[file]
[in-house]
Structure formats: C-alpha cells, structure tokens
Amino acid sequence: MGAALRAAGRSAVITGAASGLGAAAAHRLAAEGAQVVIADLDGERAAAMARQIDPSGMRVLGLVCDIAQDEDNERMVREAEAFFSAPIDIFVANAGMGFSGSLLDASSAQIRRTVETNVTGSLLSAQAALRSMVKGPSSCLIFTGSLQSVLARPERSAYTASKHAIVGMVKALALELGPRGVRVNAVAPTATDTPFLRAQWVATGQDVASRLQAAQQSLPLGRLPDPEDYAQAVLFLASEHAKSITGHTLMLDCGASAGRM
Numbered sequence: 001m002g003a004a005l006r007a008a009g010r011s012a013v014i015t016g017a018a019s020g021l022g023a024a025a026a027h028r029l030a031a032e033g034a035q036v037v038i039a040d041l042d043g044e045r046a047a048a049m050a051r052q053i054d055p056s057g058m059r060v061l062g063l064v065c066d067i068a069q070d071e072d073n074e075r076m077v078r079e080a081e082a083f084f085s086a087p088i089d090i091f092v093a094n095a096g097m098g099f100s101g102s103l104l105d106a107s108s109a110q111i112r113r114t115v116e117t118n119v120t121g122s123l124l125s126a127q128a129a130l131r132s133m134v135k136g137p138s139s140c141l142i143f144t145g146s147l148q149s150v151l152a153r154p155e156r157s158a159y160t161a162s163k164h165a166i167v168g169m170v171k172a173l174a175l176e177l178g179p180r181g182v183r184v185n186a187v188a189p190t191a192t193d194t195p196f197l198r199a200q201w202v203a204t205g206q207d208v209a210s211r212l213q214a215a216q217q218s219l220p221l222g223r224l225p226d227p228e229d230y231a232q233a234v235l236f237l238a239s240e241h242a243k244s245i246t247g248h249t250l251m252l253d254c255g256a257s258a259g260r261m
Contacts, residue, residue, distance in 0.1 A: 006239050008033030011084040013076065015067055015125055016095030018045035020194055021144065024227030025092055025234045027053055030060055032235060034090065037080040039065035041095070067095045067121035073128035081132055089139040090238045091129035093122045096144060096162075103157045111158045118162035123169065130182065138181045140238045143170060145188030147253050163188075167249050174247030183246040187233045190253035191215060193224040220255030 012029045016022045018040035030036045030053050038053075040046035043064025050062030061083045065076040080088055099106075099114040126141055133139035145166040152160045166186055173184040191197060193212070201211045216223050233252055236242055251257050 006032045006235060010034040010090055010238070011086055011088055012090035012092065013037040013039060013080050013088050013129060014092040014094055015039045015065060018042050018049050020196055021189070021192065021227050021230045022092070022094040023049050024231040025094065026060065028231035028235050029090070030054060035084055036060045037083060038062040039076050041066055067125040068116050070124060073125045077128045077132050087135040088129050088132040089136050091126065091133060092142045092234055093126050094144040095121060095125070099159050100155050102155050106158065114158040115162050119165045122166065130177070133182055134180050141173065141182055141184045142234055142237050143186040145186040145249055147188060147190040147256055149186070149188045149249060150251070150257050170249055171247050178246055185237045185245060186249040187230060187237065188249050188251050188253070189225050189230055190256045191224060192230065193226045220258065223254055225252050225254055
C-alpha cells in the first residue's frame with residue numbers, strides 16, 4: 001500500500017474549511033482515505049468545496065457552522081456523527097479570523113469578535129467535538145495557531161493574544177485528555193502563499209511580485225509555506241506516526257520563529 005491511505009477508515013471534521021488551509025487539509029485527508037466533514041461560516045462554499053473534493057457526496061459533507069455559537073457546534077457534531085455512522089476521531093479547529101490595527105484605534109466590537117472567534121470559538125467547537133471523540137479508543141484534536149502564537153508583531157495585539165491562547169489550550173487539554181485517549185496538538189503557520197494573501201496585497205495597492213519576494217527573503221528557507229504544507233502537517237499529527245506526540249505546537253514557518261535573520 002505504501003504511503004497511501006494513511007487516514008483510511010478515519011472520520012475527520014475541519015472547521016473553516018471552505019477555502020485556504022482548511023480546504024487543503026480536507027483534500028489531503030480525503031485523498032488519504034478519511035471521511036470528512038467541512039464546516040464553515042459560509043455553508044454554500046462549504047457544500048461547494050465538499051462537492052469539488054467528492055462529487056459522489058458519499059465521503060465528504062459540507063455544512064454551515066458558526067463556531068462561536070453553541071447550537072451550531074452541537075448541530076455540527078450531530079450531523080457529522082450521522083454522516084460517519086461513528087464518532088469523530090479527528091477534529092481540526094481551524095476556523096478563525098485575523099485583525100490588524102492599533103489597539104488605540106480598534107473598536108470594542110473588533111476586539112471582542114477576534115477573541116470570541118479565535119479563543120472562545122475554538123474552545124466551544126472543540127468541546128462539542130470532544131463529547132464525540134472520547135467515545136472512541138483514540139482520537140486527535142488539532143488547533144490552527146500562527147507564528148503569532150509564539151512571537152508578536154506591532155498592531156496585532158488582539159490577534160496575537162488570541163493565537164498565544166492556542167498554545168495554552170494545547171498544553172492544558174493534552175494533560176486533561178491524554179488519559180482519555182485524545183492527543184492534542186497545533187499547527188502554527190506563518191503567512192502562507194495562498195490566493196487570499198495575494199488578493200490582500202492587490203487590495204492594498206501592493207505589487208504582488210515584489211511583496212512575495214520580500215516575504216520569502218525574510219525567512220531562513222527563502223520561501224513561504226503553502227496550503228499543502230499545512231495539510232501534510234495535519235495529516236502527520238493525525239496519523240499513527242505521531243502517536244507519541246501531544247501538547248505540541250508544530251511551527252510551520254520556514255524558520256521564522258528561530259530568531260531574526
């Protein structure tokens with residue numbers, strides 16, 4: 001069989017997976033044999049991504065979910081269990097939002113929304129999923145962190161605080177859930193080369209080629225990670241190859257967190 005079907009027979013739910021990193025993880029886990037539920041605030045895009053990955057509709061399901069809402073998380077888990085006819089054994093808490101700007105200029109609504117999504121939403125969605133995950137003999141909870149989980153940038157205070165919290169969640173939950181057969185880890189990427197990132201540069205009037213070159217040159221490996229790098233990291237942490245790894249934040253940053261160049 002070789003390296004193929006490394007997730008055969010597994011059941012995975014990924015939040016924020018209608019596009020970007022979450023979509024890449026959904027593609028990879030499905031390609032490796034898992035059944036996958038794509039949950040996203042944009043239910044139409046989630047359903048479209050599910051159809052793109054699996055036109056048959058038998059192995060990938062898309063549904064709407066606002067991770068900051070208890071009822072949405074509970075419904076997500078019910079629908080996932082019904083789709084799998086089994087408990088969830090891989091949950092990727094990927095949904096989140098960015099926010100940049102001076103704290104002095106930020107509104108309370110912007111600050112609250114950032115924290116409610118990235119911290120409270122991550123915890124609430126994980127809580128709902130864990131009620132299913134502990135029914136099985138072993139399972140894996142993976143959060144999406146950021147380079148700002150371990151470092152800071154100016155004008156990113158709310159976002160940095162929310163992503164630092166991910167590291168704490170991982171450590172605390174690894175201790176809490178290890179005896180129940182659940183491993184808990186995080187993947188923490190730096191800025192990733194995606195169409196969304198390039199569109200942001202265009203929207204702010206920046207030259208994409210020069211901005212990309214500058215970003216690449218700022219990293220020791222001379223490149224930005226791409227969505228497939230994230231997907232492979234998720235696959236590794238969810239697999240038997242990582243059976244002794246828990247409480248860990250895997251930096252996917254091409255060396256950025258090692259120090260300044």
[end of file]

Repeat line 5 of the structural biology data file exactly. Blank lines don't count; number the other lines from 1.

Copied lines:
Contacts, residue, residue, distance in 0.1 A: 006239050008033030011084040013076065015067055015125055016095030018045035020194055021144065024227030025092055025234045027053055030060055032235060034090065037080040039065035041095070067095045067121035073128035081132055089139040090238045091129035093122045096144060096162075103157045111158045118162035123169065130182065138181045140238045143170060145188030147253050163188075167249050174247030183246040187233045190253035191215060193224040220255030 012029045016022045018040035030036045030053050038053075040046035043064025050062030061083045065076040080088055099106075099114040126141055133139035145166040152160045166186055173184040191197060193212070201211045216223050233252055236242055251257050 006032045006235060010034040010090055010238070011086055011088055012090035012092065013037040013039060013080050013088050013129060014092040014094055015039045015065060018042050018049050020196055021189070021192065021227050021230045022092070022094040023049050024231040025094065026060065028231035028235050029090070030054060035084055036060045037083060038062040039076050041066055067125040068116050070124060073125045077128045077132050087135040088129050088132040089136050091126065091133060092142045092234055093126050094144040095121060095125070099159050100155050102155050106158065114158040115162050119165045122166065130177070133182055134180050141173065141182055141184045142234055142237050143186040145186040145249055147188060147190040147256055149186070149188045149249060150251070150257050170249055171247050178246055185237045185245060186249040187230060187237065188249050188251050188253070189225050189230055190256045191224060192230065193226045220258065223254055225252050225254055